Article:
MEMBERS LOGIN ZONE

As a registered member (register here if not), you can post rating/reviews (& edit later), comments reviews and submit new albums.

You are not logged, please complete authentication before continuing (use forum credentials).

Forum user
Forum password

WARNING: Forum software upgrade in progress, login function maybe affected for some users during that time.

 Il Segno del Comando by SEGNO DEL COMANDO, IL album cover Studio Album, 1997
3.58 | 10 ratings

BUY
Il Segno del Comando
Il Segno del Comando Rock Progressivo Italiano

Review by apps79
Special Collaborator Neo Prog Team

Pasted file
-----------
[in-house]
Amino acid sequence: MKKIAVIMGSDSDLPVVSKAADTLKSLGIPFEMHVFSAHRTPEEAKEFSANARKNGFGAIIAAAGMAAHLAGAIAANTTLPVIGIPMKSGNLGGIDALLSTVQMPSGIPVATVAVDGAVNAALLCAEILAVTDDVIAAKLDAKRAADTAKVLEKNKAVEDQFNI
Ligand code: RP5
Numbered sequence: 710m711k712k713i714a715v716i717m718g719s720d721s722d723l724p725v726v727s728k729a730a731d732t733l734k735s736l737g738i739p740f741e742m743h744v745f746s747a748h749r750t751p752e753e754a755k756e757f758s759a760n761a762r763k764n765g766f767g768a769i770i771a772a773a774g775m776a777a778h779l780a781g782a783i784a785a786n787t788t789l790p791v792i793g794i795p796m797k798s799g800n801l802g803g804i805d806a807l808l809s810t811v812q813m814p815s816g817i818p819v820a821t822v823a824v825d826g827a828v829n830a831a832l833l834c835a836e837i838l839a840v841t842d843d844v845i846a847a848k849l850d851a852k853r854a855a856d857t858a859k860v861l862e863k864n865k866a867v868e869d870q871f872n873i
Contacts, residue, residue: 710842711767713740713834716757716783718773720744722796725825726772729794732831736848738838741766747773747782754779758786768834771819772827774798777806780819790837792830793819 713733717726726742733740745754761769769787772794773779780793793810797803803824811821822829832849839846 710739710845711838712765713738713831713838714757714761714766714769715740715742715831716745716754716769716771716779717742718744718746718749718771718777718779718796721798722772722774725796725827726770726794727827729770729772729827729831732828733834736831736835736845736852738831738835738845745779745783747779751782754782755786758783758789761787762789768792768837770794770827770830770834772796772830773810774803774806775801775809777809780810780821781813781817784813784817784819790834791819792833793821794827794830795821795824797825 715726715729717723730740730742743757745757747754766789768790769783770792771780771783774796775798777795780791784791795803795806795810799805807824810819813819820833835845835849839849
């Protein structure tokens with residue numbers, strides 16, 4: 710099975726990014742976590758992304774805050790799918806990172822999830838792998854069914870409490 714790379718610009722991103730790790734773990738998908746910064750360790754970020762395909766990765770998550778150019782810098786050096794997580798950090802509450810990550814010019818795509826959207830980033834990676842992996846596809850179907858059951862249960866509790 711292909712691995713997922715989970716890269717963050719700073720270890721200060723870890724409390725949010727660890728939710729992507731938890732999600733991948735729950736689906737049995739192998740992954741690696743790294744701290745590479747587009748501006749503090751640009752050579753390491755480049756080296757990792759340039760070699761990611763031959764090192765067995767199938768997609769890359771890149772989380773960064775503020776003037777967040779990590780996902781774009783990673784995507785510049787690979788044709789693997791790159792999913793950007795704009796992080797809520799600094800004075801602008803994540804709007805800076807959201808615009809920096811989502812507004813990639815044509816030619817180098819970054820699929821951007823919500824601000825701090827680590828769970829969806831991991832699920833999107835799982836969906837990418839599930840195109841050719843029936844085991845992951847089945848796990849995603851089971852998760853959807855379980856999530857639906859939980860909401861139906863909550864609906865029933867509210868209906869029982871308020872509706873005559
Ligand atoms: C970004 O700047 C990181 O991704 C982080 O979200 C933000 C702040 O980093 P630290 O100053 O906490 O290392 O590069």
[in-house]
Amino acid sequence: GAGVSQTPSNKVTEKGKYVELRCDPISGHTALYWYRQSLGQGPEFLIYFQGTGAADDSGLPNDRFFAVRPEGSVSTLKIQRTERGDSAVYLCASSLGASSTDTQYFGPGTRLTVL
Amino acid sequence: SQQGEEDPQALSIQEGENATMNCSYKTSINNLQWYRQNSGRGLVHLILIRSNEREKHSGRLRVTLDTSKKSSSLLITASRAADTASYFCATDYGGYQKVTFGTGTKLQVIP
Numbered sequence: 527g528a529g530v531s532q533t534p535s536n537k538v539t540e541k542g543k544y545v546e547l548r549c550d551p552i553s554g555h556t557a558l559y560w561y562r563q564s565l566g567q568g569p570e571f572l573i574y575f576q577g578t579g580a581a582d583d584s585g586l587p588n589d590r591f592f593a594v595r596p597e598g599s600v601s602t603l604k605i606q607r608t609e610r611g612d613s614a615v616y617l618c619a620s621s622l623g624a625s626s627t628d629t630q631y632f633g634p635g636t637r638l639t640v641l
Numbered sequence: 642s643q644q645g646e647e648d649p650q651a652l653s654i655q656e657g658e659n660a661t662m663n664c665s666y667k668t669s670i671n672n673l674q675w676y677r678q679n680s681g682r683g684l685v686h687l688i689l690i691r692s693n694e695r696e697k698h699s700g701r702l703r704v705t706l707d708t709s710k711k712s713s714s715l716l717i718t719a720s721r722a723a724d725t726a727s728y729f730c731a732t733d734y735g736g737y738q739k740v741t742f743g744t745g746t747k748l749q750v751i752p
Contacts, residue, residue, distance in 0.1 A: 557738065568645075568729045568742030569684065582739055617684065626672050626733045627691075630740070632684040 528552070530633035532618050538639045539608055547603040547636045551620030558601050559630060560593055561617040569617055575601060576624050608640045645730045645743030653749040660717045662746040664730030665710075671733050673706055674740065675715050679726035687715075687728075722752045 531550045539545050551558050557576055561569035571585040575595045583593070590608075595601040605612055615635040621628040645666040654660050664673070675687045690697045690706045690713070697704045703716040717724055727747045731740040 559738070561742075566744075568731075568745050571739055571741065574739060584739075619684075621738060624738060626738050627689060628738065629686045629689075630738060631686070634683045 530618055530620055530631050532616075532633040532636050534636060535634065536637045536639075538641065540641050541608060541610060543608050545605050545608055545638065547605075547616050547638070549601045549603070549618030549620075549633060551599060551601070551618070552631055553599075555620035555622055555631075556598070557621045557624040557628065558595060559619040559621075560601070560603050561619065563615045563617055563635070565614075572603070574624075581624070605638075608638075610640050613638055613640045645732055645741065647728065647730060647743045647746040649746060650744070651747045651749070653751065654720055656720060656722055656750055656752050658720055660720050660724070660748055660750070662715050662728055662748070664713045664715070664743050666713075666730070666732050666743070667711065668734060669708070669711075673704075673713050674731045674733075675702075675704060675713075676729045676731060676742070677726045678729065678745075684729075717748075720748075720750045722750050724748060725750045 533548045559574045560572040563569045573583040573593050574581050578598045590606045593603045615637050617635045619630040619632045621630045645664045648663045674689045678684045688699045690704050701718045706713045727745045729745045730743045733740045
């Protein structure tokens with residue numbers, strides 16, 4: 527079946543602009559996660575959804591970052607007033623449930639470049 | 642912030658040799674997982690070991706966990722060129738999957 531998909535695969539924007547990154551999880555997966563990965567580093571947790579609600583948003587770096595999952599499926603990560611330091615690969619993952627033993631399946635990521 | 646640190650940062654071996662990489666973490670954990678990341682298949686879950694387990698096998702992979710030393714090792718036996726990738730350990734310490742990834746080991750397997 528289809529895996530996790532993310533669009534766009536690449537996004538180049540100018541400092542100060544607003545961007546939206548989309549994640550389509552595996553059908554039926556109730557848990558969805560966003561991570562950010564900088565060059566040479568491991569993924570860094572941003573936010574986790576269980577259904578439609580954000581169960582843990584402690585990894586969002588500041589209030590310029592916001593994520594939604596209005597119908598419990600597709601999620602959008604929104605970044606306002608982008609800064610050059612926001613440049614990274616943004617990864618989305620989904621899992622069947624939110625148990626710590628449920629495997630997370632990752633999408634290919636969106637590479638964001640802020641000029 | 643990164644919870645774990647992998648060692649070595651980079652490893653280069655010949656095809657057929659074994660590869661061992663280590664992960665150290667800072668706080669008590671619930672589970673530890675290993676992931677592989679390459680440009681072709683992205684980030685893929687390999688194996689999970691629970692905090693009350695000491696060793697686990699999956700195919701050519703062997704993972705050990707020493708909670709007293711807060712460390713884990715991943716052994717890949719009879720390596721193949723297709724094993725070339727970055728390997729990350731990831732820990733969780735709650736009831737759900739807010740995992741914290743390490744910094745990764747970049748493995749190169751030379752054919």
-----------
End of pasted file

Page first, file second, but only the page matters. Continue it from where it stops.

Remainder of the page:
3 stars Il Segno del Comando started around mid-90's as a side project by singer Mercy and bassist Diego Banchero, both members of the Gothic Rock act Malombra.The group was named after the eponymous novel of writer Giuseppe D'Agata, which was transformed in a TV drama by RAI in early-90's by director Daniele D'Anza.The rest of the crew were guitarists Gabriele Grixoni and Matteo Ricci, drummer Carlo Opisso and keyboardist Agostino Tavella.Il Segno del Comando's self-titled debut was the perfect product for the nearby Genoa-based Black Widow Records, that released it in 1997.Among the guest stars the album features a surprising Mellotron performance by Osvaldo Giordano, sound engineer of many contemporary Italian Prog albums.